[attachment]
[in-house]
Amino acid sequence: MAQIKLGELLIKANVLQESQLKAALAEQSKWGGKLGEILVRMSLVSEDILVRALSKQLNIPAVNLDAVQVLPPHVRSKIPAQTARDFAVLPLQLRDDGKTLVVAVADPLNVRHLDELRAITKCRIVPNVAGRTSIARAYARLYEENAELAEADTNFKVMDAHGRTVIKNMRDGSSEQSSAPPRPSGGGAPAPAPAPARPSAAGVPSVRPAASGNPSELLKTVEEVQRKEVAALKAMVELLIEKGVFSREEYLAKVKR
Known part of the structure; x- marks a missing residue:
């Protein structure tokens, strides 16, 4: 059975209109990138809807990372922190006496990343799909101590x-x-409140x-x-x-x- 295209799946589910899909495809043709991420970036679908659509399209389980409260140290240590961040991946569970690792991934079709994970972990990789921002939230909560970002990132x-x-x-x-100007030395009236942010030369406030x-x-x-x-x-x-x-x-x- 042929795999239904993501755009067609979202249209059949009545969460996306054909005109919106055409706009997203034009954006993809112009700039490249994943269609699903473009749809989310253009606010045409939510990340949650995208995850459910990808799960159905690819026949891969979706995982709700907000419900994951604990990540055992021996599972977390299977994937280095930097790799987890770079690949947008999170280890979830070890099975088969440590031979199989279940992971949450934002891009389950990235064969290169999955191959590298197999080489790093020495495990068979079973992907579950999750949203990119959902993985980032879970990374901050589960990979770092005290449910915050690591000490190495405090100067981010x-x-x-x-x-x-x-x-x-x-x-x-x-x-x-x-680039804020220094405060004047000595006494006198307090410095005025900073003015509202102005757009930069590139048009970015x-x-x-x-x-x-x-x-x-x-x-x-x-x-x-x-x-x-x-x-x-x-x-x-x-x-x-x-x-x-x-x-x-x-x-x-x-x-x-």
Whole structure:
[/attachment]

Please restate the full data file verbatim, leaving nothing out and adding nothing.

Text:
[in-house]
Amino acid sequence: MAQIKLGELLIKANVLQESQLKAALAEQSKWGGKLGEILVRMSLVSEDILVRALSKQLNIPAVNLDAVQVLPPHVRSKIPAQTARDFAVLPLQLRDDGKTLVVAVADPLNVRHLDELRAITKCRIVPNVAGRTSIARAYARLYEENAELAEADTNFKVMDAHGRTVIKNMRDGSSEQSSAPPRPSGGGAPAPAPAPARPSAAGVPSVRPAASGNPSELLKTVEEVQRKEVAALKAMVELLIEKGVFSREEYLAKVKR
Known part of the structure; x- marks a missing residue:
């Protein structure tokens, strides 16, 4: 059975209109990138809807990372922190006496990343799909101590x-x-409140x-x-x-x- 295209799946589910899909495809043709991420970036679908659509399209389980409260140290240590961040991946569970690792991934079709994970972990990789921002939230909560970002990132x-x-x-x-100007030395009236942010030369406030x-x-x-x-x-x-x-x-x- 042929795999239904993501755009067609979202249209059949009545969460996306054909005109919106055409706009997203034009954006993809112009700039490249994943269609699903473009749809989310253009606010045409939510990340949650995208995850459910990808799960159905690819026949891969979706995982709700907000419900994951604990990540055992021996599972977390299977994937280095930097790799987890770079690949947008999170280890979830070890099975088969440590031979199989279940992971949450934002891009389950990235064969290169999955191959590298197999080489790093020495495990068979079973992907579950999750949203990119959902993985980032879970990374901050589960990979770092005290449910915050690591000490190495405090100067981010x-x-x-x-x-x-x-x-x-x-x-x-x-x-x-x-680039804020220094405060004047000595006494006198307090410095005025900073003015509202102005757009930069590139048009970015x-x-x-x-x-x-x-x-x-x-x-x-x-x-x-x-x-x-x-x-x-x-x-x-x-x-x-x-x-x-x-x-x-x-x-x-x-x-x-």
Whole structure: